Thursday, May 9

Fear and loathing and the mob.

I haven't blogged in a very long time. I've had plenty of things to say, but can't face writing them in public. The reason, quite simply, is fear.

A lot of us had high hopes of the new media when it was born. Blogging was a revolution as big as the printing press, they said. The barriers to publishing your opinion worldwide became negligible. Experts in all sorts of fields gave their knowledge and commentary to the world. Dan Rather lost his job.

Had Rather knowingly presented false evidence to the world ten years earlier, he'd have got away with it. Instead, hundreds of experts tore his "news" to shreds, for free. And a news media that had held a monopoly on received opinion for decades suddenly discovered that they could no longer control the narrative.

So it comes as no surprise that the old media do all they can to undermine the new.

I can't say I'm happy that Rather was sacked. Cynic though I am, I believe in redemption. Everyone should be given a chance to recognise that they were wrong and to improve. To be fair, Rather preferred to double down, do-you-know-who-I-am-ing like a dowager duchess. And, of course, lying to the pubic when you work in the news is a bit of a big deal. TV being what it is, he probably had plenty of money put by. But a livelihood is still a hell of a thing to lose. Rather was fine, of course. But most of us wouldn't be. What better threat to wield than loss of livelihood? It was the successful test case that set a horrific precedent. If the new media can take the scalp of one of the most influential men in America, what chance does some schmuck from Coventry have?

So it comes as no surprise, sadly, that the old media have so enthusiastically embraced the new model of enforcement: public shaming by the social media mob.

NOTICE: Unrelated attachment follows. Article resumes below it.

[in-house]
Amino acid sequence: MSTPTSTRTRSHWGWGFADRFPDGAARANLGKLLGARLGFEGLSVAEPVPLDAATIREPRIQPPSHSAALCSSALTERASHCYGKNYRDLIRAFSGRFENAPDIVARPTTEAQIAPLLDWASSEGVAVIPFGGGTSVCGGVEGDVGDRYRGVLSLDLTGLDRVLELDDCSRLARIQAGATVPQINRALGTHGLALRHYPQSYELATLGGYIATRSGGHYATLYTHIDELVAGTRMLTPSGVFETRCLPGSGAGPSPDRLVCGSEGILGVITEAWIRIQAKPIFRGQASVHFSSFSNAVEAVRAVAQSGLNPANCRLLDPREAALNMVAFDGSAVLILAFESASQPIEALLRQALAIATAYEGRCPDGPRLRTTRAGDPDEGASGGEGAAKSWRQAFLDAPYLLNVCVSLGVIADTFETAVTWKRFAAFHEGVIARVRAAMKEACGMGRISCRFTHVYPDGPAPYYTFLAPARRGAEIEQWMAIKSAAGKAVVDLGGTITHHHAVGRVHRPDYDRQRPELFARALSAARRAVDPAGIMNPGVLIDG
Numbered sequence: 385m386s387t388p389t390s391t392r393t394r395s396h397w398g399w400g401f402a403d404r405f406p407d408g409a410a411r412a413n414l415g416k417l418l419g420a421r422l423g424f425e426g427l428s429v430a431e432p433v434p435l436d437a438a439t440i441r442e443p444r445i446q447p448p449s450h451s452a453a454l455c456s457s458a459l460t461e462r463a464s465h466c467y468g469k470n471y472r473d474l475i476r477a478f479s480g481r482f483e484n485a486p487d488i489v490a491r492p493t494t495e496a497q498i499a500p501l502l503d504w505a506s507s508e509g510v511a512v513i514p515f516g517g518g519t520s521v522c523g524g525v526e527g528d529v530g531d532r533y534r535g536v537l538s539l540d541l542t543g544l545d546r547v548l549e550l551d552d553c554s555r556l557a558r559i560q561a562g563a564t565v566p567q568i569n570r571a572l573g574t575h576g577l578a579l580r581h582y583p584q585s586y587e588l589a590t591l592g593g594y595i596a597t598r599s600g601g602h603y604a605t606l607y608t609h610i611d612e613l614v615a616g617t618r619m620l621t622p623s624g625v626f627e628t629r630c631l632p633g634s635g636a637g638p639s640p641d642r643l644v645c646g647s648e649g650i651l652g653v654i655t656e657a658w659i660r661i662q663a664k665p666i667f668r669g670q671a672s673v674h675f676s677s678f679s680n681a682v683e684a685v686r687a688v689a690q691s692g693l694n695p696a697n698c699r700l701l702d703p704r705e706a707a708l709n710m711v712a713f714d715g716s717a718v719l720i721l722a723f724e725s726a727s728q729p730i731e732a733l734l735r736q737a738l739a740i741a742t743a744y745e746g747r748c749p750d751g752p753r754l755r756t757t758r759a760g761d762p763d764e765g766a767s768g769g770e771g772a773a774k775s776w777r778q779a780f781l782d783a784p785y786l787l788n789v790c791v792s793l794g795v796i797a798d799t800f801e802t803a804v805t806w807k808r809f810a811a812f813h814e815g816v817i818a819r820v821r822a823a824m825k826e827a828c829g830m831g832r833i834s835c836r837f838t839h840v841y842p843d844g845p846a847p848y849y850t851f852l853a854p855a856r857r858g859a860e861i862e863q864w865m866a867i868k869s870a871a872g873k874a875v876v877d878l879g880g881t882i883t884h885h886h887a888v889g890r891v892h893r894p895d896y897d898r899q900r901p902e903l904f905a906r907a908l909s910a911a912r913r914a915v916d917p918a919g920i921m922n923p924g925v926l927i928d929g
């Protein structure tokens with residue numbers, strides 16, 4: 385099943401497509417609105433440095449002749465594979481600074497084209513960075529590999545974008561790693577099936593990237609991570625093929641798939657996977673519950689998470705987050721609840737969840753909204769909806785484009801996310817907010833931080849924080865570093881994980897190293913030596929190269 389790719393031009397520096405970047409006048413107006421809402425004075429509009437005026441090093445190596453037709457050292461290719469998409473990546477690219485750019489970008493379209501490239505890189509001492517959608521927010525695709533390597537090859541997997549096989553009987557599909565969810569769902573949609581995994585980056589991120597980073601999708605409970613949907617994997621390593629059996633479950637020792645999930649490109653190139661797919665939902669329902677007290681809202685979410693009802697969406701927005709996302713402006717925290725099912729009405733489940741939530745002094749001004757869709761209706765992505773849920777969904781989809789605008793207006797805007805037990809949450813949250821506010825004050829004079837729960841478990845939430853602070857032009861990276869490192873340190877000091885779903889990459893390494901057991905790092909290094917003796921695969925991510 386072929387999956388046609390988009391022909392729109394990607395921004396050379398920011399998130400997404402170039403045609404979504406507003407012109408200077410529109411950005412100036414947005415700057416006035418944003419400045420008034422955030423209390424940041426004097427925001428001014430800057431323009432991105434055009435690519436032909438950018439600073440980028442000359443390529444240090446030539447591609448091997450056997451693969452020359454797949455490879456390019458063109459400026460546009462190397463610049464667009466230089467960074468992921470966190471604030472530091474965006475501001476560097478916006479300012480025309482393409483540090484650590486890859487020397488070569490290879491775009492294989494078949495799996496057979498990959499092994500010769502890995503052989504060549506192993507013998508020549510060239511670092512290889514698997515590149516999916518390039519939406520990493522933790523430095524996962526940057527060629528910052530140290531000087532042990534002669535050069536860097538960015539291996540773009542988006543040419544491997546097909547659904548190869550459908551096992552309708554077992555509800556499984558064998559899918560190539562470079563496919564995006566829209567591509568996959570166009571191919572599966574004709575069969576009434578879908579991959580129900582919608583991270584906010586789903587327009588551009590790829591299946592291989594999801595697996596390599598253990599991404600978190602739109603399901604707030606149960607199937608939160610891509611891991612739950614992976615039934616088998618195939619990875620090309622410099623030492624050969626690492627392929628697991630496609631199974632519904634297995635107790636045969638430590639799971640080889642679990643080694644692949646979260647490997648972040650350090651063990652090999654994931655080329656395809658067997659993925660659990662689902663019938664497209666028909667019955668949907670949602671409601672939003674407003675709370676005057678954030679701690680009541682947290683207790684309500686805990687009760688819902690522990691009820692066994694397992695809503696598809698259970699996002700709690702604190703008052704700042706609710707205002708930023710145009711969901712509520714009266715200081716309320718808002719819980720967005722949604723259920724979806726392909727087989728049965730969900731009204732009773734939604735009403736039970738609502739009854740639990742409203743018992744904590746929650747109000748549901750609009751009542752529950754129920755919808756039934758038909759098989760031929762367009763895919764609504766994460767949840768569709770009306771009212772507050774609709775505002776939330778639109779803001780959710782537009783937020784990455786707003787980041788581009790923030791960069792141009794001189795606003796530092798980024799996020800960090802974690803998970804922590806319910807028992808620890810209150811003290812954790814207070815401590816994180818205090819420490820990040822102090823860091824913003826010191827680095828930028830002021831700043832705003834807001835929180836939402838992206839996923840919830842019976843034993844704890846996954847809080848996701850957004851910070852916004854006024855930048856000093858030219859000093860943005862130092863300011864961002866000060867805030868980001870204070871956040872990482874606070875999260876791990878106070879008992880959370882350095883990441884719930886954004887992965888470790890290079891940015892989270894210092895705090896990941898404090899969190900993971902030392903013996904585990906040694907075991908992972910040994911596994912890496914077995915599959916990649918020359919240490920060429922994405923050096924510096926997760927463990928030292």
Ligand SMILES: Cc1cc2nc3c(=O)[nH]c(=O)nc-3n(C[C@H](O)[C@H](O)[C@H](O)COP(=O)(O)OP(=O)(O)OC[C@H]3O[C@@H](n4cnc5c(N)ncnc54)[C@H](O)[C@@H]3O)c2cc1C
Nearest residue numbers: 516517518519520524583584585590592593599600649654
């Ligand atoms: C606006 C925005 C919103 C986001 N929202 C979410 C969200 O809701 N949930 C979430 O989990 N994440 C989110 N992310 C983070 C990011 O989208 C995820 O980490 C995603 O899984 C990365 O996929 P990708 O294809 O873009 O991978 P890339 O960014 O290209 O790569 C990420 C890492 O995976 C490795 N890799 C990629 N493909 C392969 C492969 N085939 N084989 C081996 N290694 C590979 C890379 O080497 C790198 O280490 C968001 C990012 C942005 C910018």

I'm not going to waste time discussing whether Danny Baker is a racist, partly because anyone with the remotest acquaintance with his career over the last forty years knows damn well he isn't, but mainly because that's not even the point, and, there being so many other victims of this same vindictive spiteful shit, he's not even the point. Right now, the media, old and new, contains literally millions of people picking apart and analysing the details of a simple glib unsophisticated joke. Why? Because the stakes are so fucking high, that's why.

The question isn't one of guilt; it's about process and punishment. The Labour movement was founded, above all else, on the need to protect people from capricious punishment by their employers. Still today, we have idiot libertarians spouting the mantra that a private company should be free to employ or to cease employing anyone it chooses for any reason, as if providing someone's ability to live — and thereby wielding the power to destroy their life — carries with it no responsibility whatsoever. The power to destroy livelihoods is huge, and it is that massive imbalance of power that led to the creation of the Labour movement, who rightly stopped bosses sacking their minions for getting uppity, for not voting the way they were told, or for being female and married, and who gave those minions the power to appeal such life-changing decisions.

And now here we are. The "progressive" identitarian Left that grew out of that Labour movement aggressively campaigns to get people sacked, with no due process, no impartial judgement, no right of appeal: just the angry mob, the Horde of Squealing Shitheads that is Twitter. Then, when they succeed — which they usually do — they gleefully crow over their victim and, of course, their victim's dependents. I'm pretty successful, but, if I lose my job, my kids will lose their home. No matter what you might think of my opinions, is that not taking things a bit far? Apparently not: I've yet to see evidence of the mob experiencing any moral qualms. The New Left are using the threat of destitution and poverty as a weapon to enforce ideological compliance, right down to having the correct approved sense of humour. And they're somehow proud of this, of what they're doing to the world.

Well, fuck that. I don't want to live in that world. And, sooner or later, its cheerleaders will realise that they don't want to either. Saying something that some other people don't like will eventually happen to them all — how can it not? And, whilst I may believe in redemption, they will find that my sympathy well has run dry that day.